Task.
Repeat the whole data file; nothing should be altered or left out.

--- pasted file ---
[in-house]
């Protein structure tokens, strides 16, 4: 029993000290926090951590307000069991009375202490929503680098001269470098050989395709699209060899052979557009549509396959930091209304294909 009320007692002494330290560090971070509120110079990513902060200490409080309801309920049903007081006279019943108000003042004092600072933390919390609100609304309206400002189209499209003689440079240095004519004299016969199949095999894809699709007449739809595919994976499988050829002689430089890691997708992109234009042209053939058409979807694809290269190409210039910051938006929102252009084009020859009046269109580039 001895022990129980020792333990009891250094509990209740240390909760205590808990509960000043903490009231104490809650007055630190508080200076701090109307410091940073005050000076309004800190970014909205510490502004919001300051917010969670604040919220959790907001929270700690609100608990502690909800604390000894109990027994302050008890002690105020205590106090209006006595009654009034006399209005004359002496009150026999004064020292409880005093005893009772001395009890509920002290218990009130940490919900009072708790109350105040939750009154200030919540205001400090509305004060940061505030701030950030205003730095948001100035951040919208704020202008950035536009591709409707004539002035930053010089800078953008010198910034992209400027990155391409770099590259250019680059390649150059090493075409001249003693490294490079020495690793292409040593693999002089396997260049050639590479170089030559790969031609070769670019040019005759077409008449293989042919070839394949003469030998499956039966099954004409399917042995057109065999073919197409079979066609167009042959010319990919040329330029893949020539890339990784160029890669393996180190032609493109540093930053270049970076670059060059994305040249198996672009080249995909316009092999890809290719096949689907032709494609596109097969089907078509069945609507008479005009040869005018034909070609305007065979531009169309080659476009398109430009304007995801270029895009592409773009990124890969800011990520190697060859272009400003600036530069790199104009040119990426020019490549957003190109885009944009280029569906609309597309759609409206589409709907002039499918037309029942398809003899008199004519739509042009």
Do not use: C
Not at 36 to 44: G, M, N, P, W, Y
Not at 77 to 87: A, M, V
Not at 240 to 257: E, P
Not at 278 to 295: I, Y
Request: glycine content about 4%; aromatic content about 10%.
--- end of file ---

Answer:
[in-house]
């Protein structure tokens, strides 16, 4: 029993000290926090951590307000069991009375202490929503680098001269470098050989395709699209060899052979557009549509396959930091209304294909 009320007692002494330290560090971070509120110079990513902060200490409080309801309920049903007081006279019943108000003042004092600072933390919390609100609304309206400002189209499209003689440079240095004519004299016969199949095999894809699709007449739809595919994976499988050829002689430089890691997708992109234009042209053939058409979807694809290269190409210039910051938006929102252009084009020859009046269109580039 001895022990129980020792333990009891250094509990209740240390909760205590808990509960000043903490009231104490809650007055630190508080200076701090109307410091940073005050000076309004800190970014909205510490502004919001300051917010969670604040919220959790907001929270700690609100608990502690909800604390000894109990027994302050008890002690105020205590106090209006006595009654009034006399209005004359002496009150026999004064020292409880005093005893009772001395009890509920002290218990009130940490919900009072708790109350105040939750009154200030919540205001400090509305004060940061505030701030950030205003730095948001100035951040919208704020202008950035536009591709409707004539002035930053010089800078953008010198910034992209400027990155391409770099590259250019680059390649150059090493075409001249003693490294490079020495690793292409040593693999002089396997260049050639590479170089030559790969031609070769670019040019005759077409008449293989042919070839394949003469030998499956039966099954004409399917042995057109065999073919197409079979066609167009042959010319990919040329330029893949020539890339990784160029890669393996180190032609493109540093930053270049970076670059060059994305040249198996672009080249995909316009092999890809290719096949689907032709494609596109097969089907078509069945609507008479005009040869005018034909070609305007065979531009169309080659476009398109430009304007995801270029895009592409773009990124890969800011990520190697060859272009400003600036530069790199104009040119990426020019490549957003190109885009944009280029569906609309597309759609409206589409709907002039499918037309029942398809003899008199004519739509042009």
Do not use: C
Not at 36 to 44: G, M, N, P, W, Y
Not at 77 to 87: A, M, V
Not at 240 to 257: E, P
Not at 278 to 295: I, Y
Request: glycine content about 4%; aromatic content about 10%.